The following content is about the history of nudist colonies, how they were founded and formed in muliple countries around the world by presidents to scholars. Today, there are many that are upscale travel destinations. There is no sexual content in this article. It contains historical data only.
New England settlers -- 16th century Puritans -- with their non-pleasure, morality-enforcing
ways were so afraid of nudity, and the lust it could foster, that they refrained
from bathing. Long forgotten were the robust ways of the ancient Greeks, who performed
feats of strength and skill during the first Olympics, which of course was the
earliest documented form of nude recreation.
as the colonial era gave way to a free and independent United States of America,
"radical thinkers," including Benjamin Franklin and Henry David Thoreau,
publicity lauded the benefits in daily naked walks, or as they were called, "air
baths." Other nudists of note included President John Quncy Adams, who regularly
bathed nude in the Potomac, as did the much beloved fictional characters of Tom
Sawyer and Huck Finn who skinny dipped with joy and abandon.
But these so-called
radicals continued to remain a very small minority of the population until the
dawn of the 20th century brought more formal nudism to America.
Kurt Barthel, acknowledged as the founder of American nudism, was acquainted with
other German nudists late in the 1920s and had allowed his name to be used as
a local New York contact. On Labor Day of 1929, Kurt led a small group of individuals
to a picnic in the buff in the Hudson Mountains near Peekskill, New York, and
organized nude recreation in America was born with his dues-paying club, called
the “American League for Physical Culture” (ALPC).
The first official nudist club opened soon after on June 21, 1930, near Spring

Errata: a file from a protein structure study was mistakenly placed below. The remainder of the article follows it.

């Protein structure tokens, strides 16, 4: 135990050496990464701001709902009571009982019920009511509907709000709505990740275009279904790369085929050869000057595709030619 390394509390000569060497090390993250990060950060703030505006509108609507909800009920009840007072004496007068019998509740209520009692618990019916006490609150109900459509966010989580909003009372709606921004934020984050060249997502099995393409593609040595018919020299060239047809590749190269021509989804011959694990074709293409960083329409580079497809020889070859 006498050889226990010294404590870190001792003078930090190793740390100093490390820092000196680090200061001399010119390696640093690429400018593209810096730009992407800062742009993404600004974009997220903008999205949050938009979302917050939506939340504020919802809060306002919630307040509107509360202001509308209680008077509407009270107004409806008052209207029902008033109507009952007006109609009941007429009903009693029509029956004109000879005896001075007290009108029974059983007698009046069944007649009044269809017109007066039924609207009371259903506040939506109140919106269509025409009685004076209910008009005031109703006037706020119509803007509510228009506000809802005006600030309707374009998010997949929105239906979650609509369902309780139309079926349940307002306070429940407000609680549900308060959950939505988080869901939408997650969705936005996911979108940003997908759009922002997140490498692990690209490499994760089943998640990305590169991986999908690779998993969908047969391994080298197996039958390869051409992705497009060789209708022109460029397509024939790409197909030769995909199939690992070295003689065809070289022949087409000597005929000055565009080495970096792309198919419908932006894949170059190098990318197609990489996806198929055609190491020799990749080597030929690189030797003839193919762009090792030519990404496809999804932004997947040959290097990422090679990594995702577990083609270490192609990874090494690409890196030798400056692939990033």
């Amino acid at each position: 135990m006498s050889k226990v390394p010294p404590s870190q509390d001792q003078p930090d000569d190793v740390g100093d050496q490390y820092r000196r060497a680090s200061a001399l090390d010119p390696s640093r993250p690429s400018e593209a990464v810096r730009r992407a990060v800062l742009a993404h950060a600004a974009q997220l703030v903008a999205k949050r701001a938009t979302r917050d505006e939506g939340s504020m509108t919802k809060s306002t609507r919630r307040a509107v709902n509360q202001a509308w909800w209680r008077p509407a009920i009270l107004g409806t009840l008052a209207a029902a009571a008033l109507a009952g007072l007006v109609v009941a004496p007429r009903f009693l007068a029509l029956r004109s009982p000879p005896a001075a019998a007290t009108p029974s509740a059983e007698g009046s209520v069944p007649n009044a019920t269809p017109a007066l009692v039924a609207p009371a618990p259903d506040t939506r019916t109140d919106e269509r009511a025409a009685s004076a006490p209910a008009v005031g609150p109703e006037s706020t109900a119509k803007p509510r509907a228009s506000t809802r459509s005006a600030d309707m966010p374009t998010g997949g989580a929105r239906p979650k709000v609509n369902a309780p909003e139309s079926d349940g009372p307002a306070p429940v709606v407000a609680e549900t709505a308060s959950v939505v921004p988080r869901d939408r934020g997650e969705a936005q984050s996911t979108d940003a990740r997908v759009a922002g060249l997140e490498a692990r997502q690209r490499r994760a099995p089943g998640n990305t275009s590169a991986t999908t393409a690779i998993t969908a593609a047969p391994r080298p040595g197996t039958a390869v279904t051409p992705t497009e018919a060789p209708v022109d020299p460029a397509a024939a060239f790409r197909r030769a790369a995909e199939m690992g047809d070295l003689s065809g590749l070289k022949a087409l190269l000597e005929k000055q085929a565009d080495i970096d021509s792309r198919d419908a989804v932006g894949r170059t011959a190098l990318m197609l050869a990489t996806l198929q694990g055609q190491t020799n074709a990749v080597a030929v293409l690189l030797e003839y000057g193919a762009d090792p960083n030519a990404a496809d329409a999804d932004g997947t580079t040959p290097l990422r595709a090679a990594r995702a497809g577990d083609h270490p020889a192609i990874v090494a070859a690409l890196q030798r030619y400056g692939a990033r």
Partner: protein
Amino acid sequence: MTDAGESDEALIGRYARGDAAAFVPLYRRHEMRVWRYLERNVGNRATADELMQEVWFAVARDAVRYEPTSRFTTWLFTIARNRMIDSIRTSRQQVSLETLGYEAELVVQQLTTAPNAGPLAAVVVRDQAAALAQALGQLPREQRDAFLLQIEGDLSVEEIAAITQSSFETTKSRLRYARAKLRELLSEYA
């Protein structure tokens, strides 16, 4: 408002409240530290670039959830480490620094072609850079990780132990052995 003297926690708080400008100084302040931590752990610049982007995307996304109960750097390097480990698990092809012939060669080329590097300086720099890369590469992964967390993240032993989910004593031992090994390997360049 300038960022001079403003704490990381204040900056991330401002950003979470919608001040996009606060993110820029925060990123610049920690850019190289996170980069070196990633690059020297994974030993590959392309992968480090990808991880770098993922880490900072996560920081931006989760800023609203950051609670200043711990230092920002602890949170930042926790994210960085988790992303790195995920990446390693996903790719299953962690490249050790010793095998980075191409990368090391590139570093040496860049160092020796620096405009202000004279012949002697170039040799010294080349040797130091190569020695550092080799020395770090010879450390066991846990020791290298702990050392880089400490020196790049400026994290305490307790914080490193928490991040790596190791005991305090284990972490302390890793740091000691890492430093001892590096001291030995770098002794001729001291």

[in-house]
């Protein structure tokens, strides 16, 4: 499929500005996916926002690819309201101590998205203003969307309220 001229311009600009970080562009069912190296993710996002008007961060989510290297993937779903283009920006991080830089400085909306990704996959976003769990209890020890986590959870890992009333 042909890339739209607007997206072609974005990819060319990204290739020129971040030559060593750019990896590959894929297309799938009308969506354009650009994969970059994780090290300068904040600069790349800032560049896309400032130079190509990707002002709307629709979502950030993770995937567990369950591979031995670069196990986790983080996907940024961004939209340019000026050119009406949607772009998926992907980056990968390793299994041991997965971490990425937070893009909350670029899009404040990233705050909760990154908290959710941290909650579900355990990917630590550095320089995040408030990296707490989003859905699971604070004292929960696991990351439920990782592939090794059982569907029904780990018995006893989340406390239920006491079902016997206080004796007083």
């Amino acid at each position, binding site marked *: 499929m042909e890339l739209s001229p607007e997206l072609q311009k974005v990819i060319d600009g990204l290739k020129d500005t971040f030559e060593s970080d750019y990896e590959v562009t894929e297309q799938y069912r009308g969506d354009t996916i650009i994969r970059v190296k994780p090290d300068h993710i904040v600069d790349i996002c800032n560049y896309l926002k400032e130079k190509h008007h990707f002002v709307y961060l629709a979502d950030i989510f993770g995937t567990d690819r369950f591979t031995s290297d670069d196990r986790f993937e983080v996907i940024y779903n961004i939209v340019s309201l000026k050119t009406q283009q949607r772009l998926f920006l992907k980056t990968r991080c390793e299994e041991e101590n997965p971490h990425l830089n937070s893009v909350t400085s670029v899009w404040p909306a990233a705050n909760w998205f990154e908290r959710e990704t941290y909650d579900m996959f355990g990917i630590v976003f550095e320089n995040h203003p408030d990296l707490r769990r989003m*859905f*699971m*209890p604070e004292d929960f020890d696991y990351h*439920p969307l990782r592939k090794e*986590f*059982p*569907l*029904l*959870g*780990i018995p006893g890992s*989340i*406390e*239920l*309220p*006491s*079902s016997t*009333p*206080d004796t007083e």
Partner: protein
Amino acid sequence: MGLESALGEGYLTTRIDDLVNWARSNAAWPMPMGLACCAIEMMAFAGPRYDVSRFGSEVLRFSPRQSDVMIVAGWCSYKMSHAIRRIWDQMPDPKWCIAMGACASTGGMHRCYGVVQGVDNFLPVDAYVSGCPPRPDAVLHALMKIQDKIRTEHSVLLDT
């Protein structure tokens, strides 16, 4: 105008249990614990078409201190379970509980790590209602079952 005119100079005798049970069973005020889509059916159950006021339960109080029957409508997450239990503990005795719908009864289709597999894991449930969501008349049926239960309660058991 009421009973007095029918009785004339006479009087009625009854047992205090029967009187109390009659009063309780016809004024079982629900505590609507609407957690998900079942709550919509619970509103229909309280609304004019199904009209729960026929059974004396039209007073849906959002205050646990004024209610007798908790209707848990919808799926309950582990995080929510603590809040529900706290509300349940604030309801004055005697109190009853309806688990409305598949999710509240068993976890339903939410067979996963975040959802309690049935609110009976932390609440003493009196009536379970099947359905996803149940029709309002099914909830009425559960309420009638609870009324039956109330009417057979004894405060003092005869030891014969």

Valley in Rockland County, New York. By 1931, ALPC had welcomed over 200 new members
and moved to an area near Dover, New Jersey.
In October of 1931, Ilsley Boone, the ALPC’s Executive Secretary was asked
by Barthel to take his place as leader of the ALPC, in the newly renamed American
Sunbathing Association. The ASA grew to its present size of nearly 50,000 members
through the U.S., Canada and Jamaica. One last name change occurred in 1995 when
the ASA became the American Association for Nude Recreation (AANR) – to
better reflect the activities of its membership.
Boone’s concept of the nudist lifestyle was that “a nudist is one
who believes and practices that one may freely go without clothes unless for some
specific reason -- such as bodily comfort or social requirements -- it is essential
to wear them. This definition contemplates that there is nothing shameful in nakedness
per se; that there is no need for discrimination between the several parts of
the body as regards their respectability and acceptability; that for many forms
of outdoor and indoor work, for outdoor sports, for swimming, possibly for life
within the home, nudism offers a much more wholesome and healthy way of life than
does clothed society. Nudists do not advocate a clothesless social order in the
twentieth century, though such an eventuality is not inconceivable.”
After more than 70 years, nude recreation continues to grow as more people choose
clothes-free vacations. Today, the American Association for Nude Recreation includes
nearly 50,000 members and 267 affiliated clubs, RV campgrounds, bed & breakfasts
and resorts in the U.S., Canada and Jamaica.
The American Association for Nude Recreation is the oldest and largest organization
of its kind representing people who enjoy clothes-free and clothing-optional recreation
throughout North America. For further information on nude recreation and the association’s
affiliated clubs, contact AANR at 1-800-TRY-NUDE or visit the
association’s web site at www.aanr.com.